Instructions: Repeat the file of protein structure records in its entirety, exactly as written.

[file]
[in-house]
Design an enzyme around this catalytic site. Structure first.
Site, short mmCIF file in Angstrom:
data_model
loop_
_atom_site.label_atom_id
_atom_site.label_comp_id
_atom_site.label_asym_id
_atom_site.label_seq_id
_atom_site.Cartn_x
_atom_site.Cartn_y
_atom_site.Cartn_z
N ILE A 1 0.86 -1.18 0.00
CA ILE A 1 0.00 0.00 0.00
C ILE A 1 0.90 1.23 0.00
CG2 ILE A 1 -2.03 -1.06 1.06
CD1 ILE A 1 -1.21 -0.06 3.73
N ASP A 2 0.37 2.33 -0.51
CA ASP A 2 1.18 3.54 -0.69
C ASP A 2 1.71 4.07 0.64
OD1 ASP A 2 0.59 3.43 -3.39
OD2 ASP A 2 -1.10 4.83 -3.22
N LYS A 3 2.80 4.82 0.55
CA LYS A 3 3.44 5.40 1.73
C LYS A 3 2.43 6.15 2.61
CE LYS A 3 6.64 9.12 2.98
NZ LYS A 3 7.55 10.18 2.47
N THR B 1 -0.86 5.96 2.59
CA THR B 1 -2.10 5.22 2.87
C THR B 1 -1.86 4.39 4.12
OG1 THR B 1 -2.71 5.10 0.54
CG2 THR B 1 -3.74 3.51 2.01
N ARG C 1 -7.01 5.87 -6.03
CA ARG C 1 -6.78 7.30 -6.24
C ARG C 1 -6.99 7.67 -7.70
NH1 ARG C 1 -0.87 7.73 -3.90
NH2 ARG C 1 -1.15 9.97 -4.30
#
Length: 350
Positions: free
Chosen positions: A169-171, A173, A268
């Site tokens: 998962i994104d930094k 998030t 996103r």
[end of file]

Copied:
[in-house]
Design an enzyme around this catalytic site. Structure first.
Site, short mmCIF file in Angstrom:
data_model
loop_
_atom_site.label_atom_id
_atom_site.label_comp_id
_atom_site.label_asym_id
_atom_site.label_seq_id
_atom_site.Cartn_x
_atom_site.Cartn_y
_atom_site.Cartn_z
N ILE A 1 0.86 -1.18 0.00
CA ILE A 1 0.00 0.00 0.00
C ILE A 1 0.90 1.23 0.00
CG2 ILE A 1 -2.03 -1.06 1.06
CD1 ILE A 1 -1.21 -0.06 3.73
N ASP A 2 0.37 2.33 -0.51
CA ASP A 2 1.18 3.54 -0.69
C ASP A 2 1.71 4.07 0.64
OD1 ASP A 2 0.59 3.43 -3.39
OD2 ASP A 2 -1.10 4.83 -3.22
N LYS A 3 2.80 4.82 0.55
CA LYS A 3 3.44 5.40 1.73
C LYS A 3 2.43 6.15 2.61
CE LYS A 3 6.64 9.12 2.98
NZ LYS A 3 7.55 10.18 2.47
N THR B 1 -0.86 5.96 2.59
CA THR B 1 -2.10 5.22 2.87
C THR B 1 -1.86 4.39 4.12
OG1 THR B 1 -2.71 5.10 0.54
CG2 THR B 1 -3.74 3.51 2.01
N ARG C 1 -7.01 5.87 -6.03
CA ARG C 1 -6.78 7.30 -6.24
C ARG C 1 -6.99 7.67 -7.70
NH1 ARG C 1 -0.87 7.73 -3.90
NH2 ARG C 1 -1.15 9.97 -4.30
#
Length: 350
Positions: free
Chosen positions: A169-171, A173, A268
């Site tokens: 998962i994104d930094k 998030t 996103r």